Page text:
Philip Hensher: Too soon to call time on a vintage show


Anyone hearing the news that the BBC’s sitcom Last Of The Summer Wine is to come to an end is going to say one of three things. “Christ, is that crap still going on?”, “My gran used to like that crap, after she developed Alzheimers”, or “That crap’s the Queen’s favourite programme, apparently.”

It appears to be the world’s longest-running comedy programme. It began in 1973 as a one-off play, quickly turned into a series – the first of 31. It has been going on for so long that when I undertook to look at it, this week, I was instantly transported back to evenings in the late 1970s. The dread of unfinished homework and school tomorrow can’t be separated, for me, from the moany theme music and the comedy sight of an old man scratching himself. Back then almost any old rubbish on the telly would serve to distract you from maths homework and history revision – Songs Of Praise, even. But one drew the line at Last Of The Summer Wine. Practice in quadratic equations upstairs was, obviously, much more fun than sitting through Compo’s attempts to ride down a hillside in a bathtub.

And now it has come to an end. Rumour has it that the BBC has been trying to put the show out of its misery for 10 years, if not 20. But always in the past they have run up against some kind of preservation order. If you look at it now, it is an incredible employment opportunity for aging comedians – Bert Kwouk, June Whitfield, Captain Peacock and Captain Humphries off Are You Being Served?, Brian Murphy of George And Mildred and half a dozen half-remembered faces. Any night of the week on BBC Choice, you may see them all, mugging away unconscionably, keeping the comedy double-take before a paying audience, rolling their eyes and scratching their balls. Bring such a thing to an end? Not a chance, because against stupidity, as Schiller wrote, the Gods themselves struggle in vain.

Finally the bullet has been bitten. After one last series, Last Of The Summer Wine will join Keeping Up Appearances in undying perpetuity. A decade from now, you will switch on your television in a hotel room in Rangoon or Ouagadougou, and the repeats will still be going on.

But why not keep it going indefinitely? After all, the BBC has a duty to appeal to every part of the nation’s tastes? Personally, I think it’s a load of terrible old rubbish. But the BBC makes programmes for people who like opera, enjoy darts tournaments, believe that Rolf Harris’s views on painting are worth listening to. The BBC caters for the sort of humourless juvenile morons who enjoy Chris Moyles. For the past 37 years they’ve been catering for their equally humourless parents who enjoy Last Of The Summer Wine. Surely that, too, is an important part of the BBC’s remit? Have they considered this question: what terrible crap can they possibly find to take the place of this atrocious institution?

Supermarkets shouldn’t be selling alcohol at all

Everyone agrees that something must be done about the amount of drinking in this country. It has reached completely unsustainable levels, unrestrained by shame, cost or desire for respectability. The National Institute for Health and Clinical Excellence produced a report last week on methods of curbing alcohol abuse. They recommended intrusive questioning by GPs, a ban on alcohol advertising and, most controversially, a minimum price of 50p per alcoholic unit. Alcohol has become much cheaper in the last forty years, and this must be a contributory factor.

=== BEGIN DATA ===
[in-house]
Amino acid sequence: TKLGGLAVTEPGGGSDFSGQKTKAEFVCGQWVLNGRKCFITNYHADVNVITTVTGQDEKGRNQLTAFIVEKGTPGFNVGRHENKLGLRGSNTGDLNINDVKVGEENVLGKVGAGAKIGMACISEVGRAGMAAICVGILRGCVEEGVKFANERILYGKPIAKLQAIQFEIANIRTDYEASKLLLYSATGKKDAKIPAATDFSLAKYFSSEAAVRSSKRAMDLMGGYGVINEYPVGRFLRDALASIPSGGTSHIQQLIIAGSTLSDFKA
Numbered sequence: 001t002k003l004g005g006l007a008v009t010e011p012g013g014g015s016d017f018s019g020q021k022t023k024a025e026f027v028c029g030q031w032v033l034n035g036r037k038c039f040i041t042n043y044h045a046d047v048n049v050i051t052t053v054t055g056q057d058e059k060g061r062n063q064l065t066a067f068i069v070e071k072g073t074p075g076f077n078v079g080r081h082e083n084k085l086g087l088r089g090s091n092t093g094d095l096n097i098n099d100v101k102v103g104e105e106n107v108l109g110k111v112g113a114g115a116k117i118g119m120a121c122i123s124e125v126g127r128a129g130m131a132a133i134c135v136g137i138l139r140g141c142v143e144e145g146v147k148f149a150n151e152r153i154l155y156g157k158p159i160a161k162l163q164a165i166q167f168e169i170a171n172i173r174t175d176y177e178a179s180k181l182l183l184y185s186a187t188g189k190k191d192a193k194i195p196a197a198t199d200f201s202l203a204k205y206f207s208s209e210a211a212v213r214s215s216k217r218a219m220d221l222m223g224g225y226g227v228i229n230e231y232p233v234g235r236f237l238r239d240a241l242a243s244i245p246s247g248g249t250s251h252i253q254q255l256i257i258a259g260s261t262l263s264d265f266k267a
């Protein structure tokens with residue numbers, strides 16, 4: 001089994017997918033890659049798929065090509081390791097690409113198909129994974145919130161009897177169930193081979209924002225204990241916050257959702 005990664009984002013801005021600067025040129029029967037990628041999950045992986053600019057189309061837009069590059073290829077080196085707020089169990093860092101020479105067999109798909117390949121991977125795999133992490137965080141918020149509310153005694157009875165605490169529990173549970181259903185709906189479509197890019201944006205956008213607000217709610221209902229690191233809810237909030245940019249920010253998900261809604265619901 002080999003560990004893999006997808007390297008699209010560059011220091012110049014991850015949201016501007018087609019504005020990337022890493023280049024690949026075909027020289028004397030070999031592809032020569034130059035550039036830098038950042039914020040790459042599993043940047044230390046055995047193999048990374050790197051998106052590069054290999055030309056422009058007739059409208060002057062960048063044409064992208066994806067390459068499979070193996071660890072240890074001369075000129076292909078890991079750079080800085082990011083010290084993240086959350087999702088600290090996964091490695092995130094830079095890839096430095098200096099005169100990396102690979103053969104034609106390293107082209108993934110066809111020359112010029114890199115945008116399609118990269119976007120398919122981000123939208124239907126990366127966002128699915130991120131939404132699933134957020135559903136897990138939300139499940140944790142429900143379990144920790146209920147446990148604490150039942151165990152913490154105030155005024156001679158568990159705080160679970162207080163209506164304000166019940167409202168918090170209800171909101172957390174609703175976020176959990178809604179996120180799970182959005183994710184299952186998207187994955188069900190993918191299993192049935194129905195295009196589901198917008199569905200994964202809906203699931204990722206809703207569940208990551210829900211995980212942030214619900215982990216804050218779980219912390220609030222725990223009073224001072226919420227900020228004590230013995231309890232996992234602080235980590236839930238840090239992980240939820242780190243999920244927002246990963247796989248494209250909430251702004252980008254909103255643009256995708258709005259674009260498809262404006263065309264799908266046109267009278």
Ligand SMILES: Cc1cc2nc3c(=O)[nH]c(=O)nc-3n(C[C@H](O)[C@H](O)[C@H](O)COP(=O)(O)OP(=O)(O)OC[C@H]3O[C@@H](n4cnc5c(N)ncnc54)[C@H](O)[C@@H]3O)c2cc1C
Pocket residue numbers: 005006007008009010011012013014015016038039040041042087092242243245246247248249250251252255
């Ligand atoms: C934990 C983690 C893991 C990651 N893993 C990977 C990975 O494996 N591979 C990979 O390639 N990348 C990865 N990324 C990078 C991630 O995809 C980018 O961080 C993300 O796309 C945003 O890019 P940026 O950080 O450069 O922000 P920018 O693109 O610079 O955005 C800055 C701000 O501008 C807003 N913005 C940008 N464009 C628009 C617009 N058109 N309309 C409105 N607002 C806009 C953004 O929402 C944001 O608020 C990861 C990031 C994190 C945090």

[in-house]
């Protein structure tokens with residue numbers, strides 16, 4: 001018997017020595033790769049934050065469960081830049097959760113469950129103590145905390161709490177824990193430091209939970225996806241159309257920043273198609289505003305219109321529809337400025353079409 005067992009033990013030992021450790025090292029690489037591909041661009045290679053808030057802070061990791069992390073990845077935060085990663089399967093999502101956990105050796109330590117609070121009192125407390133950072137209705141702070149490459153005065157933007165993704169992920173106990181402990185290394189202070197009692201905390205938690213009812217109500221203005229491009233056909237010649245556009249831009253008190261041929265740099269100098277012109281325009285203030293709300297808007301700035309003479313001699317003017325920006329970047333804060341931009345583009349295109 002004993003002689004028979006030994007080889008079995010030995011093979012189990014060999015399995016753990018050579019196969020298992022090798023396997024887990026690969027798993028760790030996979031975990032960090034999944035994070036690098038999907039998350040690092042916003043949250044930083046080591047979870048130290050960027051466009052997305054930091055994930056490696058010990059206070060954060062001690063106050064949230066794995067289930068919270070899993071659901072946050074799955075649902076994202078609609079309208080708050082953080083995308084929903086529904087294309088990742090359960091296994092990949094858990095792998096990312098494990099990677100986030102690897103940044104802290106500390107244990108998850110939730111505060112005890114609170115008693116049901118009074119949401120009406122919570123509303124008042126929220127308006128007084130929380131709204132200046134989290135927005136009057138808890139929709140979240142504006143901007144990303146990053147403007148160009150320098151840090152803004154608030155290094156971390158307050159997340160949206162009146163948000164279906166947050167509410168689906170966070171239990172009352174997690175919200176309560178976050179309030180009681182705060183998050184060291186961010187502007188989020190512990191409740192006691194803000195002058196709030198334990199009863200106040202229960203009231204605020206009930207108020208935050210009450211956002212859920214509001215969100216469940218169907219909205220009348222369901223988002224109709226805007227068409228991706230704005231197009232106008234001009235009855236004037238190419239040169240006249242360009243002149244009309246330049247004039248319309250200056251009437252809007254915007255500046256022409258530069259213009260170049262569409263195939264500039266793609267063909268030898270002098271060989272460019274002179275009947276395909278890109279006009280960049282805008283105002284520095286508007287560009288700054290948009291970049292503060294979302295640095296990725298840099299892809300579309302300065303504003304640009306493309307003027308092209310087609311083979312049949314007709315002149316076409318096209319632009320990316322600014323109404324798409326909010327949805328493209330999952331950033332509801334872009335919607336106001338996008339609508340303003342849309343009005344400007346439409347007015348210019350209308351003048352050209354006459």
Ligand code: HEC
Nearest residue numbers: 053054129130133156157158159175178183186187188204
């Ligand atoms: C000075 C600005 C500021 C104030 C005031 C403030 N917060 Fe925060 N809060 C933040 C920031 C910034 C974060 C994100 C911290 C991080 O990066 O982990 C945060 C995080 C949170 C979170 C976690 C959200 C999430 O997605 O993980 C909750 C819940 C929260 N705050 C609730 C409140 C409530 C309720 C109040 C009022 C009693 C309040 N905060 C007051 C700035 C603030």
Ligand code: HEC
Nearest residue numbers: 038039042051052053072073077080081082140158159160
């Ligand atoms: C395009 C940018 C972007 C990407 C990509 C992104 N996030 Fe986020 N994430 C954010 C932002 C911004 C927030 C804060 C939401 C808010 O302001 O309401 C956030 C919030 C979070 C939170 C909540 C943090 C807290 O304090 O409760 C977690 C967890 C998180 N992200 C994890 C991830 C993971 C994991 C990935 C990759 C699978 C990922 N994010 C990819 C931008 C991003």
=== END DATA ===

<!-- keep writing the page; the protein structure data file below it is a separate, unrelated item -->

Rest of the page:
There is, however, a mechanism already in place which would allow increased control over alcohol sales without the extreme solution of minimum price mechanisms. If you want to sell alcohol, you have to have a licence. That goes for supermarkets, too. If alcohol were only to be sold through specialist outlets – off-licences, not supermarkets – there would be no more selling of alcohol as loss leaders. Off-licences can be knowledgeable, expert places, understanding both their product and their clientele in ways supermarkets could never match. If alcohol could only be sold through businesses like Oddbins and Majestic Wine, an unstoppable rise would be capped immediately.

Godard’s films will long outlive him

Sometimes a film dates and withers, almost immediately – have you seen The Matrix Revolutions recently? But sometimes they just stay as fresh as paint, for decades. Fifty years ago this month, a film by a young iconoclast called Jean-Luc Godard was released. Godard said that “all you need for a film is a gun and a girl”, and À Bout de Souffle, or Breathless fulfil all the magic of that line. To watch À Bout de Souffle is to fall in love with the chic flippancy of the storytelling, where policemen die without warning and lovers stretch out for long luxurious minutes in hotel rooms; to fall in love, too, with Jean Seberg’s immaculate bohemian style, and Jean-Paul Belmondo’s beautiful face, as odd as a face pressed against a window.

Every generation discovers À Bout de Souffle for themselves – I envy the young cinema-goers who are going to see this marvellous, yearning, hilarious film for the first time when it is re-released into cinemas after 25 June. If I close my eyes now, I can see Belmondo’s mambo-like stagger down the street after he has been shot at the end – almost every one of Godard’s most magical gestures resembles, in some way, a dance. Godard did wonderful things afterwards, as did every one of that gilded French generation of film-makers. But almost all of them, even masterpieces by Jacques Rivette, Eric Rohmer and Truffaut, have taken on some kind of period quality. À Bout de Souffle, plunging joyously into the ephemeral textures of the everyday, shooting on the hoof, preserving a season that would never come again in quite the same way, somehow ended up a film which seems always new. That’s true however many times you watch it, and however many years pass since the summer of its first release.